Picayune Carver Culture Museum renovation moves forward

Published 7:00 am Saturday, July 18, 2020

Volunteers were at the Picayune Carver Culture Museum by 7 a.m. Saturday to help revitalize the space during a restoration day.

Photos had been taken down off the museum walls and exhibits had been packed away to keep them safe during the work.

“Hopefully, it will make the museum a whole lot more interesting so that people will want to come in, and so that we can keep it open five days a week,” said museum director Vinner Scott.

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Previously the museum was only open to visitors three days a week. The museum began in the mid-2000s and is the only remaining business in the Mississippi Mall, located at 1308 South Haugh Ave.

The Picayune Carver Culture Museum preserves the history of George Washington Carver, a Black school in Picayune. The school closed in 1970 when local schools were integrated. The museum also documents the history of Black owned businesses in Picayune and the many contributions Picayune’s Black community has made to Pearl River County.

The museum’s board began renovations in November and exhibits were closed to the public earlier this year.

Troy Scott and Juan Batiste were busy measuring and cutting thin pieces of wood to create a new interior wall where artifacts can be displayed.

“I’m trying to get the kids somewhere where they can get off the street and do something positive,” said Scott.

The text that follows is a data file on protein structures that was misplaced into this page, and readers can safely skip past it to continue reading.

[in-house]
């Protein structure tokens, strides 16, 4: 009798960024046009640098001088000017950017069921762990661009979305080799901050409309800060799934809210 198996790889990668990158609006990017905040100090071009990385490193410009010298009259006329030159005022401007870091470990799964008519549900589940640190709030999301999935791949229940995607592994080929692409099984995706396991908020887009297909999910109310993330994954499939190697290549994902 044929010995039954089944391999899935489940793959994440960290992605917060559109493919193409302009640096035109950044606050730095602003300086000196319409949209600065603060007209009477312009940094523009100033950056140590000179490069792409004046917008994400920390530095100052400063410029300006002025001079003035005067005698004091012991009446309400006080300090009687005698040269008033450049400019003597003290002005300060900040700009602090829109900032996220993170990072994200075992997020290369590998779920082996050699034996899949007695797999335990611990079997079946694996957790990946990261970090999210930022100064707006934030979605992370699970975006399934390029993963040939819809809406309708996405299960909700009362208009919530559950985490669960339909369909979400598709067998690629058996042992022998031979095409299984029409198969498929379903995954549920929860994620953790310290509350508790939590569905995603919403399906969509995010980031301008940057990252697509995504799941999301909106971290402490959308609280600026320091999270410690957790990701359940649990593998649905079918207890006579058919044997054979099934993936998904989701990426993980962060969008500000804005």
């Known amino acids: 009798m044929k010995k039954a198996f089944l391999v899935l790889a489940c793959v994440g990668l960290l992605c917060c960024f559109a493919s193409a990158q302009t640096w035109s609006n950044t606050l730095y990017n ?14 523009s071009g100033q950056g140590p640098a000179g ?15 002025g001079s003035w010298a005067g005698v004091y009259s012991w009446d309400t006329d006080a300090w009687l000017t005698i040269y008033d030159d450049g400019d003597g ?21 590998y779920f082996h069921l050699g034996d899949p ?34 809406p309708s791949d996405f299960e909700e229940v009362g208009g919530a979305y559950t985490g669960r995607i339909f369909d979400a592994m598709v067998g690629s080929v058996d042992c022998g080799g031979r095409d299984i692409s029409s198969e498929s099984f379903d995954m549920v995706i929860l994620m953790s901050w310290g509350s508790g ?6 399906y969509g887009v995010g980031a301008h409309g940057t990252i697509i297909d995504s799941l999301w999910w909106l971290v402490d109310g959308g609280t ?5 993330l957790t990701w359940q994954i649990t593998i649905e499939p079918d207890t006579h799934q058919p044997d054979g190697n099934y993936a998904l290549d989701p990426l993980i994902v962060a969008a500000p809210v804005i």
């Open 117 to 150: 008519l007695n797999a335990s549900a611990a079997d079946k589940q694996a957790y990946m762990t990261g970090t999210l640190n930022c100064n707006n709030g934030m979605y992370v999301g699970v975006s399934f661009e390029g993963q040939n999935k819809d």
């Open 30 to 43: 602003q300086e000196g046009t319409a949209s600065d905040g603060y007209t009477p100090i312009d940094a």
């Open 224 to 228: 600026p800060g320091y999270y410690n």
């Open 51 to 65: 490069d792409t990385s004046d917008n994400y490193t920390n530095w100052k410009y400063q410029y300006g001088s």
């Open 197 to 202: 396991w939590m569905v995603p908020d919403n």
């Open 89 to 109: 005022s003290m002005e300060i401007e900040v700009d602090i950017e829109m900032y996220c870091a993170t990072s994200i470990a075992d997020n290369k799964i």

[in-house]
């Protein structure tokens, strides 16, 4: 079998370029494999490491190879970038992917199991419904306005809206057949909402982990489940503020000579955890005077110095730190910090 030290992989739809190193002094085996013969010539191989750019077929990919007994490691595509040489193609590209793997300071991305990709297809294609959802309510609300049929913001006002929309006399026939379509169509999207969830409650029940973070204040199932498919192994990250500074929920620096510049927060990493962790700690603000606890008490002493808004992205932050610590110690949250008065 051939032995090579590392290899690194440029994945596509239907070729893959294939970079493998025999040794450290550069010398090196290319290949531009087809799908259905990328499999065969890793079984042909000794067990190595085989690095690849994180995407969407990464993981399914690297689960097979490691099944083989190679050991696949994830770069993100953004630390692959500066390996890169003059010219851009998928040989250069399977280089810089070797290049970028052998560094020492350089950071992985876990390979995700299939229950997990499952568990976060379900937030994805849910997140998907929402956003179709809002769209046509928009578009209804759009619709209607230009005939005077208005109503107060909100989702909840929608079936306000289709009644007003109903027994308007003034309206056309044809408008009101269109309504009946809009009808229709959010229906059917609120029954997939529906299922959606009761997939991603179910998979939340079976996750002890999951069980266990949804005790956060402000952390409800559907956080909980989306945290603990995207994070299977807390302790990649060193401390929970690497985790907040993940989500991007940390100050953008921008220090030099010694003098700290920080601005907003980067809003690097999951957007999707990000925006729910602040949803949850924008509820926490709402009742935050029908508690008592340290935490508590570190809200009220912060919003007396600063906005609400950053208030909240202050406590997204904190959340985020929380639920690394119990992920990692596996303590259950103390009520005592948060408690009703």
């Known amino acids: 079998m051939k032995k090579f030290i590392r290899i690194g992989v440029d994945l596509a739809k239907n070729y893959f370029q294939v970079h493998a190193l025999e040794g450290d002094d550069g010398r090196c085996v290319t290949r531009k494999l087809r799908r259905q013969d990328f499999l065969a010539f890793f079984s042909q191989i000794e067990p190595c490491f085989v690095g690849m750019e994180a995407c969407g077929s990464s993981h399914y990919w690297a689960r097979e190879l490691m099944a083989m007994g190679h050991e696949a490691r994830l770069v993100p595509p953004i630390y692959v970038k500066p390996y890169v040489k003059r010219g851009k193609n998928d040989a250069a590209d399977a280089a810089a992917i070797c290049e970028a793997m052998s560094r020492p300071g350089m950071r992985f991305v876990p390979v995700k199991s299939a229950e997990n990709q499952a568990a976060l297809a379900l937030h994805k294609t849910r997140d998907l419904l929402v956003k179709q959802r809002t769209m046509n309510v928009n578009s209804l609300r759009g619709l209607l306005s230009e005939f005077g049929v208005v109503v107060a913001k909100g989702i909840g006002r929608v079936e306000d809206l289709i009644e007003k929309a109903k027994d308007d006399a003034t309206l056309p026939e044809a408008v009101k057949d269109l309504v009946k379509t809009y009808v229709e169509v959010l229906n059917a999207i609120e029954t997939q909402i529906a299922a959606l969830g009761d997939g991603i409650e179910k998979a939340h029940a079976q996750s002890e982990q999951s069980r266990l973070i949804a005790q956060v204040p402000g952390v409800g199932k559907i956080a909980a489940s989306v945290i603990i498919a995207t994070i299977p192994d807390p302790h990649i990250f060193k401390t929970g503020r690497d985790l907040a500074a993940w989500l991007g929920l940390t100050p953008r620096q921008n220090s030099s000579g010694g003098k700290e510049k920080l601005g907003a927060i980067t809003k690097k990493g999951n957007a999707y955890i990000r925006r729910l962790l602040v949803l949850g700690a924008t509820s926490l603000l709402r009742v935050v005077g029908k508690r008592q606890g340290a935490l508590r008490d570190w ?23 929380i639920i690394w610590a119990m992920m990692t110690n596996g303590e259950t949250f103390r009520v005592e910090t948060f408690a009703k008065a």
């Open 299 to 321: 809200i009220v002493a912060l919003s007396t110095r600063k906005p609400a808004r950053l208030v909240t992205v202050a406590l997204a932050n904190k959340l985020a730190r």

The local museum is a valuable resource for kids in the community, he said.

“We can’t make the world a better place, so we’re trying with Picayune first,” said Batiste.

Along with erecting a new display wall, volunteers prepped the red and blue walls for fresh paint, waxed the museum floors, prepared the space for new electronics, repaired a decorative well in front of the museum and cleared a planter for new flower beds.
Other organizations pitched in to help, like Yune-ify.

“Miss Vinnie’s been helping us the whole time since we got started,” said Yune-ify organizer Sabrina Staples.

Along with updates to its physical space, the museum’s volunteers are also updating some of its exhibits, said Vinner Scott.

“We want to be able to make an impact for the city to come in and see what we have. We have some awesome stuff,” she said.

The museum may be able to hold a grand reopening after a month or two of work, said Scott.